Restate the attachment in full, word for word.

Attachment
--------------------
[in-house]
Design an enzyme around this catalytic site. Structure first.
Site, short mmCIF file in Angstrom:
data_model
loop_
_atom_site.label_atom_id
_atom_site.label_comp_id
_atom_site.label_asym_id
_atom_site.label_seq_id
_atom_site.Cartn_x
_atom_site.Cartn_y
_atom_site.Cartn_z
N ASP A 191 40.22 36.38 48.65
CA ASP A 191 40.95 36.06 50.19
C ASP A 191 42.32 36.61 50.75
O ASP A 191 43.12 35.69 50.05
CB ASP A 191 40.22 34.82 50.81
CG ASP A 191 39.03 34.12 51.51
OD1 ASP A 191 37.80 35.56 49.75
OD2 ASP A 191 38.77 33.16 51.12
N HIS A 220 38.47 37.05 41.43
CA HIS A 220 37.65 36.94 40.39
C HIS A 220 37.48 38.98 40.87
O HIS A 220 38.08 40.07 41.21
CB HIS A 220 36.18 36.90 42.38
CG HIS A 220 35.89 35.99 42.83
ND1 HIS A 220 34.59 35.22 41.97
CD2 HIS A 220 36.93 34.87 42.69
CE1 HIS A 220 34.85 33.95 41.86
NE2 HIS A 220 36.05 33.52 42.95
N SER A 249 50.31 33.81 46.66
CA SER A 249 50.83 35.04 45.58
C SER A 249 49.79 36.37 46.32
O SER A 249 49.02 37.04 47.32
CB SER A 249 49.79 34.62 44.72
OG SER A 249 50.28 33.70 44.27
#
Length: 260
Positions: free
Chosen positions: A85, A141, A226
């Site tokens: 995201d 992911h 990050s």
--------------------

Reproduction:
[in-house]
Design an enzyme around this catalytic site. Structure first.
Site, short mmCIF file in Angstrom:
data_model
loop_
_atom_site.label_atom_id
_atom_site.label_comp_id
_atom_site.label_asym_id
_atom_site.label_seq_id
_atom_site.Cartn_x
_atom_site.Cartn_y
_atom_site.Cartn_z
N ASP A 191 40.22 36.38 48.65
CA ASP A 191 40.95 36.06 50.19
C ASP A 191 42.32 36.61 50.75
O ASP A 191 43.12 35.69 50.05
CB ASP A 191 40.22 34.82 50.81
CG ASP A 191 39.03 34.12 51.51
OD1 ASP A 191 37.80 35.56 49.75
OD2 ASP A 191 38.77 33.16 51.12
N HIS A 220 38.47 37.05 41.43
CA HIS A 220 37.65 36.94 40.39
C HIS A 220 37.48 38.98 40.87
O HIS A 220 38.08 40.07 41.21
CB HIS A 220 36.18 36.90 42.38
CG HIS A 220 35.89 35.99 42.83
ND1 HIS A 220 34.59 35.22 41.97
CD2 HIS A 220 36.93 34.87 42.69
CE1 HIS A 220 34.85 33.95 41.86
NE2 HIS A 220 36.05 33.52 42.95
N SER A 249 50.31 33.81 46.66
CA SER A 249 50.83 35.04 45.58
C SER A 249 49.79 36.37 46.32
O SER A 249 49.02 37.04 47.32
CB SER A 249 49.79 34.62 44.72
OG SER A 249 50.28 33.70 44.27
#
Length: 260
Positions: free
Chosen positions: A85, A141, A226
């Site tokens: 995201d 992911h 990050s």